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Doctor Who Collector’s Jigsaw

A Doctor Who jigsaw celebrating 50 years of time travel

An English tradition once designed to teach that now entertains millions with its thrills. No it’s not Doctor Who; it’s Jigsaws! Jigsaws of Doctor Who! A Doctor Who jigsaw!

This Doctor Who Jigsaw!

Released just in time for the new series this Ravensburger collector’s edition 1000 piece Doctor Who puzzle is designed to show off the Doctor’s deadliest foes including: the Daleks, Cybermen, Weeping Angels and the Master.

Made from premium cardboard and measuring 70 x 50cm this puzzle will look fantastic once completed – perhaps ‘something to consider gluing and framing for your wall’.

So why not pass the empty hours between now and 1st September with the thrill of assembly!

Ravensburger Doctor Who Collector’s Edition Jigsaw Puzzle (1000 pieces) is available now from Amazon for £10.67.

SFX Doctor Who World Exclusive

Doctor Who features in the new SFX #226In a world exclusive SFX quizzes head-honcho Steven Moffat on what we can expect from this year’s thrilling season of Doctor Who.

Up for discussion are dinosaurs, Daleks, the departure of Amy and what lies in store for the 50th anniversary.

In a bumper issue – which comes with this stylish cover of the eleventh Doctor being photo-bombed by a fleet of Daleks – comes a 24-page TV preview Mini-Mag covering the best of what’s on the box from both sides of the Atlantic, interviews with the cast and crew from upcoming blockbusters such as ParaNorman, The Hobbit and Twilight, and a ‘groovy’ retrospective on Evil Dead II.

SFX 226 is available now from all good retail outlets, via the Apple Newsstand and – for all you Android or PC users - via Zinio.

Assimilation #3 Out Now!

Don’t forget to pick up your copy of Star Trek: The Next Generation/ Doctor Who: Assimilation #03, available at any good comic book store.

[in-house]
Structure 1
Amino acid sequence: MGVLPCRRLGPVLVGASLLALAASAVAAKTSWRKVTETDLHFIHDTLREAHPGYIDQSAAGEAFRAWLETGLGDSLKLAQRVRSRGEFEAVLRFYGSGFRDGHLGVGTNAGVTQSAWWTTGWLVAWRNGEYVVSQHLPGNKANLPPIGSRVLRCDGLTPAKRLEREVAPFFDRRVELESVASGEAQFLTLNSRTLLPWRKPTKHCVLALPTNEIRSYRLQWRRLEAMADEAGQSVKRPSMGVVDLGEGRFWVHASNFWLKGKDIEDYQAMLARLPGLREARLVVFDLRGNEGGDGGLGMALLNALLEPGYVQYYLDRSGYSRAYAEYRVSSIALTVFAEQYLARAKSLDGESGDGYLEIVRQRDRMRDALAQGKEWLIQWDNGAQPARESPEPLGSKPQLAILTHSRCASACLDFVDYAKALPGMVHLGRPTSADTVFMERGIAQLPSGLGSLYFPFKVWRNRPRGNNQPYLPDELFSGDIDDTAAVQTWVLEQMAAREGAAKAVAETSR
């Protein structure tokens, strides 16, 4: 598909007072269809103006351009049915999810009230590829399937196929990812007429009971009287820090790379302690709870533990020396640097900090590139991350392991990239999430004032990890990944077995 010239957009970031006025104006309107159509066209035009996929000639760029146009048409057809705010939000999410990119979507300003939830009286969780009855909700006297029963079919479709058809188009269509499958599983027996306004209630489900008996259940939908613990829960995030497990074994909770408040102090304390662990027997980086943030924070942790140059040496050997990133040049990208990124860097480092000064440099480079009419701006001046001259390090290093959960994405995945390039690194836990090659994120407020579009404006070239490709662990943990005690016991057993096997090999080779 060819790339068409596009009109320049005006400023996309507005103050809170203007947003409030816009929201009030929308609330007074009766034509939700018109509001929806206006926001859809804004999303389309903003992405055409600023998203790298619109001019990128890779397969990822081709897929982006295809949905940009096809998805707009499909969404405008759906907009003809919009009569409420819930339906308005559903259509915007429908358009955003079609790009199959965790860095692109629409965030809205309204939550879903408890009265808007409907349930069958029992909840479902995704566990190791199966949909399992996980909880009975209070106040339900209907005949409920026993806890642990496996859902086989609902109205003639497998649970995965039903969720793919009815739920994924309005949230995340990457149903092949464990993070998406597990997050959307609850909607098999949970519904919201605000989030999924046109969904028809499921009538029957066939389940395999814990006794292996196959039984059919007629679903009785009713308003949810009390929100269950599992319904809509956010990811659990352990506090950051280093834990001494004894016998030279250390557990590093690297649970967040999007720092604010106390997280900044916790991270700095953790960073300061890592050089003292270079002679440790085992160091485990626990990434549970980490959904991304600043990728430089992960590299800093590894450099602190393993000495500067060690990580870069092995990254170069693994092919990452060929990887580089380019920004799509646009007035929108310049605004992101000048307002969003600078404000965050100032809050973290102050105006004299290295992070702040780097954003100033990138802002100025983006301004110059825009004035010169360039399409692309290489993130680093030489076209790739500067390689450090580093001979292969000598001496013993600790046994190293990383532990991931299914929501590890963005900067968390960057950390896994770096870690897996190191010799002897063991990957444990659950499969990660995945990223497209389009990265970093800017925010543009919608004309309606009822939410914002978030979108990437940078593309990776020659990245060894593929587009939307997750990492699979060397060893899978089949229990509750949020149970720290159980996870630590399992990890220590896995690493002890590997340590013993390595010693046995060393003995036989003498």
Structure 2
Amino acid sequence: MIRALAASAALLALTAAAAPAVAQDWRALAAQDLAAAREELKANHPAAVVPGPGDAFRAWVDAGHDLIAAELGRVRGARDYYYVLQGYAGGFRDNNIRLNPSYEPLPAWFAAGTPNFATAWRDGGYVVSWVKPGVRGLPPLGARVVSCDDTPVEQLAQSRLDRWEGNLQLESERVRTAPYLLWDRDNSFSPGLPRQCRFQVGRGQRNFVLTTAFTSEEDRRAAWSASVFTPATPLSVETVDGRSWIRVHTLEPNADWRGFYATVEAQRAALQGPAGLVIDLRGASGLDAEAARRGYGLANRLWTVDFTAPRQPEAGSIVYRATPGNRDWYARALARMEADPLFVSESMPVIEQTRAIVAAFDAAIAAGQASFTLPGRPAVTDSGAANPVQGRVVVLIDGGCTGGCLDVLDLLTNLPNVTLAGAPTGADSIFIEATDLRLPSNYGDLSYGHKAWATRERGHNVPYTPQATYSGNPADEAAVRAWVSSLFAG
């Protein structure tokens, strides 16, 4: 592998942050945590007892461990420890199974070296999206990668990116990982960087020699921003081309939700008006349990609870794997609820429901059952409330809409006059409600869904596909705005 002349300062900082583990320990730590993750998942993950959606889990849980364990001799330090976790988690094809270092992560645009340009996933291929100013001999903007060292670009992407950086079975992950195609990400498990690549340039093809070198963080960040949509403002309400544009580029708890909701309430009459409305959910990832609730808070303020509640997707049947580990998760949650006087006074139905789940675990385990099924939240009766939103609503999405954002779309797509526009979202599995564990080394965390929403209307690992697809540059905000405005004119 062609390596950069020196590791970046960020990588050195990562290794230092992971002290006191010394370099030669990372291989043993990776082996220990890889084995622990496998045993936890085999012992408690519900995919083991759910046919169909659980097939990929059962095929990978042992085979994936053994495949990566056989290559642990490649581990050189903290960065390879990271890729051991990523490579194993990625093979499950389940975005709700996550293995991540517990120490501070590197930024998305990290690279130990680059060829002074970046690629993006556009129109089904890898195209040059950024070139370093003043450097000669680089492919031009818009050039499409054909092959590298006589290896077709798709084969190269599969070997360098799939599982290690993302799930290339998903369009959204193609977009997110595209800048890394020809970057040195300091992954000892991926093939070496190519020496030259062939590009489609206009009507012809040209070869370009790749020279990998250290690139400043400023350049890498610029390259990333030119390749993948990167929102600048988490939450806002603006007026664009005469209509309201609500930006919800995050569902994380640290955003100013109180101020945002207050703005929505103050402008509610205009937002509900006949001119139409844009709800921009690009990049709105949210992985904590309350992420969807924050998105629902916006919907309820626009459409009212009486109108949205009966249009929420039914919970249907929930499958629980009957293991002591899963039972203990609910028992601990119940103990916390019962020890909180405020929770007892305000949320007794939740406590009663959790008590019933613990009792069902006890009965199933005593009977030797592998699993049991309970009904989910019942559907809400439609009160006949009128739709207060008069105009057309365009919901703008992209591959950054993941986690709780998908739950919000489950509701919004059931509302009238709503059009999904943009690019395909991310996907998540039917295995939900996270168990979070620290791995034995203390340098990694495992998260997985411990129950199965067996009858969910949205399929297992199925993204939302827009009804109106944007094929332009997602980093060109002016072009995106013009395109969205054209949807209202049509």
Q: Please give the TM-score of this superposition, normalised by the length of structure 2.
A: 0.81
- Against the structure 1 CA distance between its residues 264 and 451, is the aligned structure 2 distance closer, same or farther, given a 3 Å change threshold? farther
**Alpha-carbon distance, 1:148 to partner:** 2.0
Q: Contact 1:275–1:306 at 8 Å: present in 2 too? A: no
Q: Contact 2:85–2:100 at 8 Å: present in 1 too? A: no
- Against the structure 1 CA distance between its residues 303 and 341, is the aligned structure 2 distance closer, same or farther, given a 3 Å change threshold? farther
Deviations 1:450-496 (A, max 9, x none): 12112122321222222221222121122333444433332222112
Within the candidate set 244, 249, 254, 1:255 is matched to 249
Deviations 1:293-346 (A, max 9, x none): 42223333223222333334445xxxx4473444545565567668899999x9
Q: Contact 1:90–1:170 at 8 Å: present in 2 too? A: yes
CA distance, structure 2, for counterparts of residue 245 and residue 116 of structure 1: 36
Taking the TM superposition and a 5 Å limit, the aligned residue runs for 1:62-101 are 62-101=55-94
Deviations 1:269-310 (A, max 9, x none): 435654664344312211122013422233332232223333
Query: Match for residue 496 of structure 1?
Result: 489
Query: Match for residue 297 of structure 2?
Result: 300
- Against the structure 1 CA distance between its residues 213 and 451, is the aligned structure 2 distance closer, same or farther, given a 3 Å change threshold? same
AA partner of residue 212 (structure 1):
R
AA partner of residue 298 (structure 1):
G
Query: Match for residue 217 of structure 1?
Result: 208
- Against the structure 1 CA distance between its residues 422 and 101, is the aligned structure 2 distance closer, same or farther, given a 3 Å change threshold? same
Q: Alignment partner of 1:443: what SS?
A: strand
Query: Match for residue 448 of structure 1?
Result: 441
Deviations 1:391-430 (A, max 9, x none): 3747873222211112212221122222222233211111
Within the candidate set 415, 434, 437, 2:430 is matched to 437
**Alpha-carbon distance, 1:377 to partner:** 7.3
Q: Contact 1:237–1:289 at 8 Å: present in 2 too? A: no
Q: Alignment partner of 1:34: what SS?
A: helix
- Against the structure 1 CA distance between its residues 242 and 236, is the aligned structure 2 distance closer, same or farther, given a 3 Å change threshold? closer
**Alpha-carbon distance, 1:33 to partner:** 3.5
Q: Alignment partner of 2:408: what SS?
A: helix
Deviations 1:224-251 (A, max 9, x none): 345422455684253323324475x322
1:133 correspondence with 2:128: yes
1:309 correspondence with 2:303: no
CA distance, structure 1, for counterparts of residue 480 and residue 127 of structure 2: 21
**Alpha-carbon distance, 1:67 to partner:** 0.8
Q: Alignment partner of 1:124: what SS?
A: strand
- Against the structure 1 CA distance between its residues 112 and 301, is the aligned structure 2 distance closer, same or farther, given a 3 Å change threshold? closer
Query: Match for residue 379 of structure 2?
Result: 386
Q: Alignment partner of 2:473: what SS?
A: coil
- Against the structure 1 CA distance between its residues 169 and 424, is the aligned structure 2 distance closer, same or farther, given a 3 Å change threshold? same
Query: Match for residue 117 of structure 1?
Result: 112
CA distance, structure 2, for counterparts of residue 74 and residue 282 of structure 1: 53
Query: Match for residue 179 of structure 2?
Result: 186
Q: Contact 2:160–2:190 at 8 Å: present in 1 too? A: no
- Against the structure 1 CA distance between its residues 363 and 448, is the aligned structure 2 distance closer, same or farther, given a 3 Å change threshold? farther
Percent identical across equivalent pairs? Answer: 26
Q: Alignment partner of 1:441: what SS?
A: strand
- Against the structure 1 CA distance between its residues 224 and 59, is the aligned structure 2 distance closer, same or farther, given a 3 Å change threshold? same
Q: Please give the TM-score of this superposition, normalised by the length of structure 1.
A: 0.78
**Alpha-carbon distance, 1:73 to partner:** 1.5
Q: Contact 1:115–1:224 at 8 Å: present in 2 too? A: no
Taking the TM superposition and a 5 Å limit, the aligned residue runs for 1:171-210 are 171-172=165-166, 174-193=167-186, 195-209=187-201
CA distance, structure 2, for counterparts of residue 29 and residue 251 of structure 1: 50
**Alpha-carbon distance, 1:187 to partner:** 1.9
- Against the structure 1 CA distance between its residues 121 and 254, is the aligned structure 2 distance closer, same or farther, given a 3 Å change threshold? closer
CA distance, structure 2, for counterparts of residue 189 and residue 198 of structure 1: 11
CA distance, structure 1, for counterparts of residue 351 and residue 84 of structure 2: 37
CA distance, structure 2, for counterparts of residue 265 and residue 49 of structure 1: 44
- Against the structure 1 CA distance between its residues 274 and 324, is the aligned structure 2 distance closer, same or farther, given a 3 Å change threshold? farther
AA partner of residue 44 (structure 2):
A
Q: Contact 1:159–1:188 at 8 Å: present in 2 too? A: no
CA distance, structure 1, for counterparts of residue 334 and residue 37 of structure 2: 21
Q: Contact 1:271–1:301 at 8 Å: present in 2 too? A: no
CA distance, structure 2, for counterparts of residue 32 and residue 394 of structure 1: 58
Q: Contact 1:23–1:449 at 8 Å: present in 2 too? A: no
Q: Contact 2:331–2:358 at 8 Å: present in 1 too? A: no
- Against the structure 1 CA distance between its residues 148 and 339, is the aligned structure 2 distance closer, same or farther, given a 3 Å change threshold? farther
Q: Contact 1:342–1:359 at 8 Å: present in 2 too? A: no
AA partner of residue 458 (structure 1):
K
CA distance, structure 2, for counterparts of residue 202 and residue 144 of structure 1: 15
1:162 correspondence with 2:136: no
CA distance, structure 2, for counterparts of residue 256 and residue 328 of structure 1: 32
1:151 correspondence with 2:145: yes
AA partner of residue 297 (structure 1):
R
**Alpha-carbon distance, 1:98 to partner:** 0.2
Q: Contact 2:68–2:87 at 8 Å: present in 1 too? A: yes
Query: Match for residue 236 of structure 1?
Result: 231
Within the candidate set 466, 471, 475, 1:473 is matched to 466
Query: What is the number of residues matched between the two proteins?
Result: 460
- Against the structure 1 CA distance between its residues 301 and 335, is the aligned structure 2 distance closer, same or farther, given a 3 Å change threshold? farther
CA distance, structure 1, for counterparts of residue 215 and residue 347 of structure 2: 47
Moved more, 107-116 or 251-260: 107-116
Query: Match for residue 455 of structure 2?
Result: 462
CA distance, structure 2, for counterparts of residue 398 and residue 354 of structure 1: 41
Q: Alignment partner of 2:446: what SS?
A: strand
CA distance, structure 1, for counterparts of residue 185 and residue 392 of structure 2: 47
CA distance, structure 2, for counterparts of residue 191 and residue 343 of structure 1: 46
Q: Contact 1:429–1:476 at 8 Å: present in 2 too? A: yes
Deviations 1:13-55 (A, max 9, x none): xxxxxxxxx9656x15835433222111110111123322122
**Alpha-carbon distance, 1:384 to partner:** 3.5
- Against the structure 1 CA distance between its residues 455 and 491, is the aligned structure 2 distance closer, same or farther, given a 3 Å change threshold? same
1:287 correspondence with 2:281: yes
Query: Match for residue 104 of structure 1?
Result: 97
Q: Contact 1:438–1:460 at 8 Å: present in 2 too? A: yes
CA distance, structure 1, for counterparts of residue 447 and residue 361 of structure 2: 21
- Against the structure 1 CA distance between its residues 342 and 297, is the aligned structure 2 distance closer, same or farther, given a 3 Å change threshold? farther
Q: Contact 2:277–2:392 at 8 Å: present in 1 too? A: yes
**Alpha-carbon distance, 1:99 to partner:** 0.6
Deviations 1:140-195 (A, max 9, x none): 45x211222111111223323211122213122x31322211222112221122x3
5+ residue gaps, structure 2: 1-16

The comic series, written by David and Scott Tipton and Tony Lee, pairs a few incarnations of the two massive franchises, as the Doctor, Amy, Rory and the crew of the USS Enterprise face off against the Cybermen and the Borg. Here’s issue 3’s synopsis:

“The true horror of the Borg-Cybermen alliance has been revealed, but what course of action will Captain Picard and the Doctor agree upon? And will the Doctor’s recently resurfaced memories shed new light on the dilemma?”

Issue 1 sold out remarkably fast, as did the special Forbidden Planet editions signed by Lee. The eight-part series is getting great reviews so far, as SFX’s Alasdair Stuart says:

“Massive in scale and hugely fun, this is how a crossover should be done.”

Issue 4 is released on 29th August, and sees the two enemies wreck destruction on the galaxy:

“The Federation is met with the possibility of assistance, but from an unthinkable source! Will Captain Picard and the Doctor agree to an alliance that could be worse than the enemy they face?”

IDW’s new ongoing Doctor Who series starts next month – as does the TV series! – with Andy Diggle and Mark Buckingham at the helm.

Finally, The Rory Williams Action Figure!